18 March 2013

Australian Chamber of Commerce criticises 457 visa crackdown

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The Australian Chamber of Commerce and Industry (ACCI) has criticised the government's crackdown on the 457 visa program, claiming it is damaging the country's reputation.

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The ACCI's chief executive has said the portrayal of the 457 visa program has been 'completely unfair'.

Australian Immigration Minister Brendan O'Connor announced last month that tightened restrictions would be applied to the 457 visa program in order to crackdown on abuse within the scheme.

Critics of the scheme claim that unscrupulous employers use the visa to bring in foreign workers at lower wages than Australian workers. The scheme's current rules require an employer to prove that local labour is not available but Mr O'Connor said employers were bringing in foreign workers on high wages in skilled positions to comply with the rules before demoting them upon arrival.

The minister's announcement quickly sparked an ongoing row that has involved everyone involved in Australian politics from the prime minister down. Julia Gillard has backed her minister repeatedly in the row despite claims from critics that the tougher stance has been taken with one eye on the federal elections later this year.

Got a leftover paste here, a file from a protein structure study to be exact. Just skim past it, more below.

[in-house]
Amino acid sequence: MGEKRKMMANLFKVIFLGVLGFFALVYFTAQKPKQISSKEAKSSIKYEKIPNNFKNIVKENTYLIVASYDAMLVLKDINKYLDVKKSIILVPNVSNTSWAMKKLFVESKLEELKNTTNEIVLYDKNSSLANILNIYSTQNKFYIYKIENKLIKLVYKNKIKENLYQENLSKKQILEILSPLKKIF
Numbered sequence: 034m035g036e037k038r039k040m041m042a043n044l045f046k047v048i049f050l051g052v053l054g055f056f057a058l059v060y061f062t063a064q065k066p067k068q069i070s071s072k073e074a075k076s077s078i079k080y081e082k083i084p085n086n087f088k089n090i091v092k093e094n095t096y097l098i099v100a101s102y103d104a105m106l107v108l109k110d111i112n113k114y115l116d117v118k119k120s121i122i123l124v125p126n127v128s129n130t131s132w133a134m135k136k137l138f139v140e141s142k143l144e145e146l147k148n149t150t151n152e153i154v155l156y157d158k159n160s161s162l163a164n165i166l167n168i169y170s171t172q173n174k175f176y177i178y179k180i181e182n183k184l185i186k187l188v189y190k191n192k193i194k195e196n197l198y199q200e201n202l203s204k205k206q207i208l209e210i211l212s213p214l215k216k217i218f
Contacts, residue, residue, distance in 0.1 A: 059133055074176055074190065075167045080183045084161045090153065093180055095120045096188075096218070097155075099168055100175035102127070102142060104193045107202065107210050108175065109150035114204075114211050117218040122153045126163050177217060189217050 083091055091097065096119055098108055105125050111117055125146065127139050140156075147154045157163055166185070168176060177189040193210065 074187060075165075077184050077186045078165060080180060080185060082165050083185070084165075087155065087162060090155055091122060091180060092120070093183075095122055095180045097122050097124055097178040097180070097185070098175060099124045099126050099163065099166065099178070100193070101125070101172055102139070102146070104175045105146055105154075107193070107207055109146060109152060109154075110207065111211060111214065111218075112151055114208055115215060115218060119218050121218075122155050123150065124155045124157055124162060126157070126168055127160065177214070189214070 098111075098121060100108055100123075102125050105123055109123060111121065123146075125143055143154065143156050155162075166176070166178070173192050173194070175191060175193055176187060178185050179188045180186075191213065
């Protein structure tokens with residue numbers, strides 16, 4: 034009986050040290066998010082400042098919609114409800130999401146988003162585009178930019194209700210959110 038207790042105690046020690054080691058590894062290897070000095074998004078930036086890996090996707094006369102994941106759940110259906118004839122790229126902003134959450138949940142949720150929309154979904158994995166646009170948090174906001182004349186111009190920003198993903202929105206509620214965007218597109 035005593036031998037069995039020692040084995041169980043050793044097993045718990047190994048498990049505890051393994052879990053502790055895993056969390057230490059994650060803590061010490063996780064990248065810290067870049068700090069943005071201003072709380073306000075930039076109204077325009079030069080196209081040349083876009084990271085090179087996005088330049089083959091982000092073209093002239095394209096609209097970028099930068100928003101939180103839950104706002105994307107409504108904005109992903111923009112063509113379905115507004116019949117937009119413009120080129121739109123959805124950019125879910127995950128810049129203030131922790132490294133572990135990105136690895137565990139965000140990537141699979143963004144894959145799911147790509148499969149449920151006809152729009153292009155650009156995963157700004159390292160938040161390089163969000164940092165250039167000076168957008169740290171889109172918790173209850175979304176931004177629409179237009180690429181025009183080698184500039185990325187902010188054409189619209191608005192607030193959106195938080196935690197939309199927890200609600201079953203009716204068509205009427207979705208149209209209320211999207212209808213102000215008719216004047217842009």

ACCI chief executive Peter Anderson told ABC news the way the crackdown is threatening Australia's reputation in Asia - a crucial partner - in particular that news coverage in Singapore was highlighting the link between the changes to the visa stream and the attempted comeback of controversial politician Pauline Hanson.

Mr Anderson said the flow of foreign workers into Australia is not one-way traffic and the visa changes could have a negative impact on those who had left the country:

"We have many thousands of Australian workers in Asian countries living in Asian cities where they want to have the full opportunity and confidence of local communities to go about doing their work in the construction industry, the legal industry, the professional services industries," he said.

"And if we are going to describe skilled workers from Asia working in Australia as somehow people that need to be at the bottom of the queue then Australians working in Asia, they don't want to be stigmatized as somehow second rate or foreigners that need to be put down the queue."

Mr Anderson said that while there is abuse of the 457 visa, it is not near as rife as it is being made out and the tone of the debate is misinforming the public.

"There is some evidence that a handful of businesses have been abusing the rules...and those businesses need to be called to account and the regulatory authorities need to take action.

"But what's completely unfair is for the public to get the impression this scheme either doesn't have rules or has rules that are out of control or that people who are working in jobs under this scheme are doing so at the expense of Australians or lowering the wages of Australians."


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